Kemp: Will The Saudis Drive US Shale Out Of Business

Reuters

John Kemp is a Reuters market analyst. The views expressed are his own

LONDON, Nov 12 (Reuters) - There has always been a close link between U.S. oil production, international prices and OPEC, so it should come as no surprise that North America's shale drillers find themselves locked in a battle with Saudi Arabia over prices and market share.

Until the 1950s, the United States accounted for more than half of all global oil production. Big finds such as Oklahoma's Glenn Pool (1905) and the East Texas field (1930) drove oil price changes around the rest of the world.

Since the 1970s, the United States has been a net importer, and international prices have tended to drive changes in U.S. exploration and production.

Drilling and output in major oil-producing states have been closely correlated with the rise and fall in real oil prices. And nowhere has the relationship been closer than North Dakota, where the fortunes of its oil industry have mirrored the rise and fall in prices, resulting in a brutal cycle of boom and bust.

Light The Flare

After unsuccessful exploration for almost 40 years, the first oil was found in North Dakota in 1951, and the first well was drilled in the now-famous Bakken formation in 1953.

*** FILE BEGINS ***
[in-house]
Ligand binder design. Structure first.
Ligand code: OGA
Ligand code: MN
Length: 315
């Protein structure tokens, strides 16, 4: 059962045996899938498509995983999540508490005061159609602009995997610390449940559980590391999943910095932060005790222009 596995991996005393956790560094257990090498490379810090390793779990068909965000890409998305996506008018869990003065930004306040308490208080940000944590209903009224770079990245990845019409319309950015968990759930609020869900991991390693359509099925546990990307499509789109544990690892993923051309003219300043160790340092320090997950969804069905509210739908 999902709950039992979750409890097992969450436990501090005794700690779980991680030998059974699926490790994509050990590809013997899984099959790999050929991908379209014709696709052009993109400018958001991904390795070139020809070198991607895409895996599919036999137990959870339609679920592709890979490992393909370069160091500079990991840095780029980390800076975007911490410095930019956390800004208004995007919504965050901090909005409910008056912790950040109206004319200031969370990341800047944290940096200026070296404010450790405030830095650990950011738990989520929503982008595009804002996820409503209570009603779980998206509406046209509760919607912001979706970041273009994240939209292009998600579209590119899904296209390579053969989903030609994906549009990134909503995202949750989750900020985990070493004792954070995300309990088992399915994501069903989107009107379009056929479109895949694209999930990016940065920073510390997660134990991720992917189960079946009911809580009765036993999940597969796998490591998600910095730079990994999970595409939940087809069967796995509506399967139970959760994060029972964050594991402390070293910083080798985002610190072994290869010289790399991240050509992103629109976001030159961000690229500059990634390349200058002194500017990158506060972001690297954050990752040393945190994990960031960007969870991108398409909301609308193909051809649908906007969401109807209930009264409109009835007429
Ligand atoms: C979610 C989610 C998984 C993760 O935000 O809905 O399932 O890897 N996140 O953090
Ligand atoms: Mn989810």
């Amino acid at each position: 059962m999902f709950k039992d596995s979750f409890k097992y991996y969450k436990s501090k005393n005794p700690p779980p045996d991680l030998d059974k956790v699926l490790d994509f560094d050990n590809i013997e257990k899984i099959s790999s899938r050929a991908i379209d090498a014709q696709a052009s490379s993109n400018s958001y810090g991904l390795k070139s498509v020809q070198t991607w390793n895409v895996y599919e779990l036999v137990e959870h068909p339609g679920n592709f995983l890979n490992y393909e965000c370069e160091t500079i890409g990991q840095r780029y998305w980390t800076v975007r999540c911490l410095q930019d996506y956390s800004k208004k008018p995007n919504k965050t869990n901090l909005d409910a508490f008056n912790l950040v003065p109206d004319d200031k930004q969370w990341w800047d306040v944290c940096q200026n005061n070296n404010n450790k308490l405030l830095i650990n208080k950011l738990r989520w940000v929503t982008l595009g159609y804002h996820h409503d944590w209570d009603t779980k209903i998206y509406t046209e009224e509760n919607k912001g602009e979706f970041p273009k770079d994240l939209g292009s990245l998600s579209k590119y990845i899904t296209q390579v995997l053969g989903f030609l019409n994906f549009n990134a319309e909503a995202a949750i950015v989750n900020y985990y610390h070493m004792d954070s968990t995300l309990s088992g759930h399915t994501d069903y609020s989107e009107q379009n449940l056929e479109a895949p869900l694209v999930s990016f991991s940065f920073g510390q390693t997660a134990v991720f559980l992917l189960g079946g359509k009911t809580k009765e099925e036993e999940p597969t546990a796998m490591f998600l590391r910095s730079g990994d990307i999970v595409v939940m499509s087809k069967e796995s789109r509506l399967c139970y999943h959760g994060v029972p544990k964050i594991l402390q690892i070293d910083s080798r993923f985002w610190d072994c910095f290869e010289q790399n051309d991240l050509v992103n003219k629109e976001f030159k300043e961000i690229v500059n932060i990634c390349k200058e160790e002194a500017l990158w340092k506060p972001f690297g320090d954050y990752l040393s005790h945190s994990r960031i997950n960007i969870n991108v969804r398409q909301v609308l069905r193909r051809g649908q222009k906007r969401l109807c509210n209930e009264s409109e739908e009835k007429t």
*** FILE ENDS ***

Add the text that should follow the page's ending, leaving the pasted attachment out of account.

The extraordinary story of the state's dogged oil pioneers was chronicled by North Dakota State Geologist John Bluemle in a monograph to mark the 50th anniversary of the first successful find in 2001.


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Lester Jessop | Nov. 14, 2014
It is going to be very interesting to see what happens in the next year. I went to the oil and gas expo this year in Bismarck, ND and from what I heard it was near impossible for this play to go bust like it did in the 80s. If it goes bust this time I will head straight to school for engineer degree so I can catch it on the upswing again....after all we wont stop using oil and we have only harnessed around 7% of the oil in the Bakken, the other 93% represents Billions of barrels.

David M. | Nov. 14, 2014
Because of a glut of oil production within North America, prices have been falling. With this there is a labour shortage (at least here in Canada). Does it not seem plausible that there could be a better balance between lessening production to generate a dependable market price, which then would co-inside with the amount of labour available. Do meet the demand, situations could exist to match North America production with imports to keep OPEC at bay. Obviously this is a very broad solution, but maybe a possibility. Just ask T. Boone Pickens, who recently stated that US production is to great and has to be brought back to scale.

Leo Sinnott | Nov. 13, 2014
The cost of oil field services drives activity more than product pricing. Over the years, working shale and other non-conventional areas in the northern mid-continent, the cost of typical HZ/plug & perf drill & complete soared from $3.5 MM to $6.8 MM in 7 years making it impossible to profit. Having one foot on the gas pedal and one on the brake is not the way to run the oil business.


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